BEDS: Our Father


After some weeks of rehearsals in a frosty JP Hall, BEDS (Bangor English Drama Society) staged five performances over three days of their first play of the calendar year; Our Father. Penned by an associate of the group, the play is set in the fictional Hawkswaite, Lancashire. The drama unfolds when the father of the family dies, bringing all members of his immediate family together. But all is not well and the reunion is thorny.  In the ten years since they were all last together, nobody in the family is completely happy with the life they have since acquired and each of the family members have hardly anything in common. One son has had to deal with the issues surrounding his homosexuality and coming out. Anne, the only daughter, although working in her preferred industry, is struggling to pay her way in London while her mother is dissatisfied at her not producing any grandchildren, which only adds to her daughter’s woes. This all makes for very little warmth at the dinner table. Abigail Gregory was very convincing as Anne, who, despite all her frets and worries, continues to mock and jeer her capitalist brother. Instead, the family members hide secrets from one another. One of the earliest secrets to be revealed is that mother and now-deceased father were contemplating divorce prior to the death. The strength of the play lies in the fact that at consecutive points throughout its course, the plot thickens, a new secret is uncovered, a new layer of dark and deceitful truth unfolded that shapes the audience’s understanding of the characters. After the initial shock of his passing, the cause of the father’s death is later revealed to be suicide by gunshot. At the very end of the play, it is revealed that Anne is so reluctant to be a mother due to a previous miscarriage and that the wife of the deceased gained a sense of freedom on becoming a widow.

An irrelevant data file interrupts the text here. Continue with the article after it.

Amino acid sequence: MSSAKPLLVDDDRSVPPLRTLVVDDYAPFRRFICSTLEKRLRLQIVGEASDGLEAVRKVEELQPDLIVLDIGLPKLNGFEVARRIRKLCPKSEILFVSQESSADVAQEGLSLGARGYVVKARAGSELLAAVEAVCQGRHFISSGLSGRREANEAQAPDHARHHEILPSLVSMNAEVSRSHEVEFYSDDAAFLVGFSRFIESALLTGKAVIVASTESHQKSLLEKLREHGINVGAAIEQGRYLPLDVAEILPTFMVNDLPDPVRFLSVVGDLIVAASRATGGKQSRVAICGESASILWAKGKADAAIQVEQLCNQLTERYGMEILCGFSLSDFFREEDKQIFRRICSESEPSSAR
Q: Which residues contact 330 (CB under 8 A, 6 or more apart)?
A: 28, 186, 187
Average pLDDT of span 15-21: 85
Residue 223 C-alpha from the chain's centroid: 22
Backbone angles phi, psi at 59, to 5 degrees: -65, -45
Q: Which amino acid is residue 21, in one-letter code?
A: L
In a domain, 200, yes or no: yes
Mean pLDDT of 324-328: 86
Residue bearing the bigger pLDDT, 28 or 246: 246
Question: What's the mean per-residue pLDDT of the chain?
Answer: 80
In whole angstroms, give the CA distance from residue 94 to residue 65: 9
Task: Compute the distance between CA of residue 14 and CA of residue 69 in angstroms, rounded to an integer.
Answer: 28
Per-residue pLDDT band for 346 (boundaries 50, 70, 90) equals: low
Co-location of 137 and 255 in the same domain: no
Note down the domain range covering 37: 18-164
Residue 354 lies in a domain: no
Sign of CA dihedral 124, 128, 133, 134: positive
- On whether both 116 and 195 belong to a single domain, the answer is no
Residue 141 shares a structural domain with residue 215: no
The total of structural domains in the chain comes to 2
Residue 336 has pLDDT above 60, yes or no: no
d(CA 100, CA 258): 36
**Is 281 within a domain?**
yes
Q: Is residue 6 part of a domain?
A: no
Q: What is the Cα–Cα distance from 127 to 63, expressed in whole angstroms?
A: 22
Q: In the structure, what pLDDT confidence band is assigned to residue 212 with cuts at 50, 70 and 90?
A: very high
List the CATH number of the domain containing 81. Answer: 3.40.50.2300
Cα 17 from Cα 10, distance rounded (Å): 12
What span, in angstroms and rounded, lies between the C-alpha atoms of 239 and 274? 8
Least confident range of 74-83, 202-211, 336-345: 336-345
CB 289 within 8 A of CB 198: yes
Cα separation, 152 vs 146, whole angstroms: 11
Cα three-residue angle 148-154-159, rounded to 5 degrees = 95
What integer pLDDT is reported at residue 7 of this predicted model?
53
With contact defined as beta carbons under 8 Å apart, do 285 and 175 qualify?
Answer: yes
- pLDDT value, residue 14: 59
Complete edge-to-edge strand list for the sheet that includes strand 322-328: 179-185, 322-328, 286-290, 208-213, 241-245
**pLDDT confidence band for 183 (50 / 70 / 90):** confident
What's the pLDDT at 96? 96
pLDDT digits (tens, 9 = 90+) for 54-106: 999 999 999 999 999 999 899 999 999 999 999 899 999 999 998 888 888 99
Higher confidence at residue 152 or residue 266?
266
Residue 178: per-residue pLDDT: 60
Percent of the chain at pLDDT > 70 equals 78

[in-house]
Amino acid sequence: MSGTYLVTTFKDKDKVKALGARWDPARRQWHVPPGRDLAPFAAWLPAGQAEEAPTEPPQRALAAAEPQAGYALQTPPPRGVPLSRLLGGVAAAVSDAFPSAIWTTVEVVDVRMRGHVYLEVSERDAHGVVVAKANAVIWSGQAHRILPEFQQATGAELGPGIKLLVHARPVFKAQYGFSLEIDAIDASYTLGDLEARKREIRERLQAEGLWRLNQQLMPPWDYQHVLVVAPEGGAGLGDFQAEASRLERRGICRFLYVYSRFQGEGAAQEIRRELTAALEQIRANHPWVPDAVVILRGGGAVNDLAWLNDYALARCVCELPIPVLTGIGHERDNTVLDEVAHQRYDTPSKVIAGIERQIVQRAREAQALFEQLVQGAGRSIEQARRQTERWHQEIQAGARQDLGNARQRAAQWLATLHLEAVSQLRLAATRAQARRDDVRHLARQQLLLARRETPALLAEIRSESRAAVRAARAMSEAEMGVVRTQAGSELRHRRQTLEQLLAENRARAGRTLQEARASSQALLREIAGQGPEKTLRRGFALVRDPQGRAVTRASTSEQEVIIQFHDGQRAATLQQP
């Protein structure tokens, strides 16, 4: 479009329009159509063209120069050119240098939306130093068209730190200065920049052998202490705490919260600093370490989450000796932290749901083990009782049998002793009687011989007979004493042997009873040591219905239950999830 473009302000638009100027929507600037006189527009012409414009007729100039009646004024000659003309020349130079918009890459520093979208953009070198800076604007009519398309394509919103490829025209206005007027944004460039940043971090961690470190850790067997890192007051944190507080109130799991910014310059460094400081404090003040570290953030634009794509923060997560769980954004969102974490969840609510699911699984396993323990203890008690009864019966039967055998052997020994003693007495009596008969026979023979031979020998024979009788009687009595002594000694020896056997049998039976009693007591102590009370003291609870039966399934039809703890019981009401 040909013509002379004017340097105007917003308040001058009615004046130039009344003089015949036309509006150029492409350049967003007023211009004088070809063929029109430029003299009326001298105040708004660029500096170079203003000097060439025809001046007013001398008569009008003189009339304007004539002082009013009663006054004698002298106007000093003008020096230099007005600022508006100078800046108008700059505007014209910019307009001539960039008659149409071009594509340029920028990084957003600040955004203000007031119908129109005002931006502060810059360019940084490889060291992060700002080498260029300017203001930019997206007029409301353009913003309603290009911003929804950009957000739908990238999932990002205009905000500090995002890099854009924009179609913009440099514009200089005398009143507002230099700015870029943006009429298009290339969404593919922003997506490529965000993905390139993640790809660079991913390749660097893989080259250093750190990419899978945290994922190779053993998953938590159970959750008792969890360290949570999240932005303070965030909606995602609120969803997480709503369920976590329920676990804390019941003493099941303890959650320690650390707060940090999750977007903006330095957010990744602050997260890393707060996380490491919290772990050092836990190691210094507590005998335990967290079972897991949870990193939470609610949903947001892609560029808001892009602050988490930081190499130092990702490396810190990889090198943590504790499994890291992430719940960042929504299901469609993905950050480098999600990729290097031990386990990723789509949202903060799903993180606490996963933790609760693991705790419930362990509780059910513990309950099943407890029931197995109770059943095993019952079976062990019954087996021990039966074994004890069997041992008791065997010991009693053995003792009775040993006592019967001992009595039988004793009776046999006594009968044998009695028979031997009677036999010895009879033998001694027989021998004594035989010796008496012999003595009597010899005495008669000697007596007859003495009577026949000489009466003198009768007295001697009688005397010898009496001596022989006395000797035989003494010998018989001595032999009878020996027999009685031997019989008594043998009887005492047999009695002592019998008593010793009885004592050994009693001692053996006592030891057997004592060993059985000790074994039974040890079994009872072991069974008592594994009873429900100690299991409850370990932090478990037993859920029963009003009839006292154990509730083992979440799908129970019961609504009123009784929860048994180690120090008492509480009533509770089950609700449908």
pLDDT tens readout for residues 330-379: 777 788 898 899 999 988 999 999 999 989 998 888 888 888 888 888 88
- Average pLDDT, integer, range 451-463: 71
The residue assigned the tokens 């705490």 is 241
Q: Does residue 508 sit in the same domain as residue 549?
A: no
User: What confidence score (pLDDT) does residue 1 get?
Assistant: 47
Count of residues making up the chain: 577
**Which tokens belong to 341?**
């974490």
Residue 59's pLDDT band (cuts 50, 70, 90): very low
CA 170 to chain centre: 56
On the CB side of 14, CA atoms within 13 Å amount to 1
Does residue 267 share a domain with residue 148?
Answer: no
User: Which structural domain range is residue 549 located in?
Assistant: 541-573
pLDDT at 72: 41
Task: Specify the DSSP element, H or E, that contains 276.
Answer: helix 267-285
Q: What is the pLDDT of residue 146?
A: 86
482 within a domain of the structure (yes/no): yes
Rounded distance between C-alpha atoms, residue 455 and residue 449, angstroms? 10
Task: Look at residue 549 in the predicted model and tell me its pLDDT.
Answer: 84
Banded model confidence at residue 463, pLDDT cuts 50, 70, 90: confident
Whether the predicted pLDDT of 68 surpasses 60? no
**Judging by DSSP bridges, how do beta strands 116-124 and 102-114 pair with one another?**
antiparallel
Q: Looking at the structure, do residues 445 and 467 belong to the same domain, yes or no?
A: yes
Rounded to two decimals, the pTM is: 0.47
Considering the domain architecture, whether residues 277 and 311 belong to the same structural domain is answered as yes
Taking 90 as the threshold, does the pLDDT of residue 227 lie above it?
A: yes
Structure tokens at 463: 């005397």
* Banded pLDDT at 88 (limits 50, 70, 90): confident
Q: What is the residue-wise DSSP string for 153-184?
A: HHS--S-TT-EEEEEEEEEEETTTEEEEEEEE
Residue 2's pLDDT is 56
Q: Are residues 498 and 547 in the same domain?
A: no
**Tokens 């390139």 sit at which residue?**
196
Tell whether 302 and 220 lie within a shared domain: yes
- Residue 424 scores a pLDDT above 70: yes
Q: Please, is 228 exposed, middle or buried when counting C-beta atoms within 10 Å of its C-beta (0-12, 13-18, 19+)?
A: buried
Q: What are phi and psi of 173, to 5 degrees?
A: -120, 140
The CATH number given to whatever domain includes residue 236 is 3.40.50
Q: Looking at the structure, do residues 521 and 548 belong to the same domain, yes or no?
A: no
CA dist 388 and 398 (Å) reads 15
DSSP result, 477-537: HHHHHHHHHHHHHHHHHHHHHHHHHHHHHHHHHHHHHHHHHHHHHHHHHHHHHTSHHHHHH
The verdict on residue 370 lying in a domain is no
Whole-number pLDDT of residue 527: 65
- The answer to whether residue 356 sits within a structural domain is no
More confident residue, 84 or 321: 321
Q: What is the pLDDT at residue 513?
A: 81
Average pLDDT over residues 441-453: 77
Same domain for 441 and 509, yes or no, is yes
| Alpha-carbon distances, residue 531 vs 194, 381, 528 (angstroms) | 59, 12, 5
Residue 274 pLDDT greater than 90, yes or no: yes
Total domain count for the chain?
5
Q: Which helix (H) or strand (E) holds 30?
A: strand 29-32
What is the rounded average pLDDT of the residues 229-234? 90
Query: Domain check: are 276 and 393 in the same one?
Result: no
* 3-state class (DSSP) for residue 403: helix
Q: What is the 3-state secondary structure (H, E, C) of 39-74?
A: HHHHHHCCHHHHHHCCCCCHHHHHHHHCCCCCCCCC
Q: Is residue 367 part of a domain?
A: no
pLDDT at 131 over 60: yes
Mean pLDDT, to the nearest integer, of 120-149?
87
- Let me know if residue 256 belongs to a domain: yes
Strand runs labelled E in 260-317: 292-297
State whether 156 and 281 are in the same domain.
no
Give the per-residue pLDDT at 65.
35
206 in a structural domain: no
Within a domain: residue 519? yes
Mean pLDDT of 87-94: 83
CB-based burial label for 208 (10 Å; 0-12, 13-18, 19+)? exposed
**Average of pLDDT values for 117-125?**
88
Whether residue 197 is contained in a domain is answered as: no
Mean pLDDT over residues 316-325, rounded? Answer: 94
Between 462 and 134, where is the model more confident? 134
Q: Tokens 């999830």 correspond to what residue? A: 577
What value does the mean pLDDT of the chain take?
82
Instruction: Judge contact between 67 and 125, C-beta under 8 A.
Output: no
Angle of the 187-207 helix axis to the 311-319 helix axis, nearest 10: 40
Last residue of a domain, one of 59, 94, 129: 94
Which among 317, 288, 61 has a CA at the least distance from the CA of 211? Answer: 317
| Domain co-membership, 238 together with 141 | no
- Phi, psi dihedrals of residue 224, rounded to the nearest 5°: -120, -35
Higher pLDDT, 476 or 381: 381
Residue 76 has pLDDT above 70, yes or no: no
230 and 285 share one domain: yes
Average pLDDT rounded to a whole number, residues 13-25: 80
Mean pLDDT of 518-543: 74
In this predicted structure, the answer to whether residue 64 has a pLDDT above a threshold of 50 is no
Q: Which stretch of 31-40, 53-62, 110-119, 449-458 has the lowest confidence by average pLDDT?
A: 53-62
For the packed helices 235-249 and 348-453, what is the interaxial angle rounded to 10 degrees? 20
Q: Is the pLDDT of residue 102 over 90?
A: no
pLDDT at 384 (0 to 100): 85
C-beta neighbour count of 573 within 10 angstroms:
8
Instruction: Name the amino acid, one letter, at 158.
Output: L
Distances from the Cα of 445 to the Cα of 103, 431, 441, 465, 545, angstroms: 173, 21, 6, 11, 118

The theme of suicide by gunshot and immediate response thereto is too dealt with in Woody Allen’s film Hannah and Her Sisters. When Mickey Sachs’ (played by Allen) attempted suicide fails, the sound of a bullet hitting a wall causes several highly concerned neighbours to make sure that the surviving character is quite alright. Their concern is overwhelming. On witnessing their anxious and shocked response, Sachs is unable to believe he ever contemplated taking his own life. This is in stark and dark contrast to the response of the wife in Our Father, who hears her husband’s death at his own hands. As the fatal bullet sings out, she soliloquises “I hope you didn’t miss”, this is the chilling line that closes the play and was delivered with flawless malice and hate by Laura Kirk.

The drama was intense and the animosity between the characters and their pain very believable. For this play, BEDS bravely ditched the stage, and used the floor of JP Hall with all recurring sets laid out. It was effective, atmospheric and efficient lighting that took the audience, sat on cushions and beanbags dispersed between the action, to the relevant location. The group’s next production will be the long-anticipated and somewhat more light-hearted 221 B. Curtain for that goes up on the weekend of the 18th February. Stay tuned.



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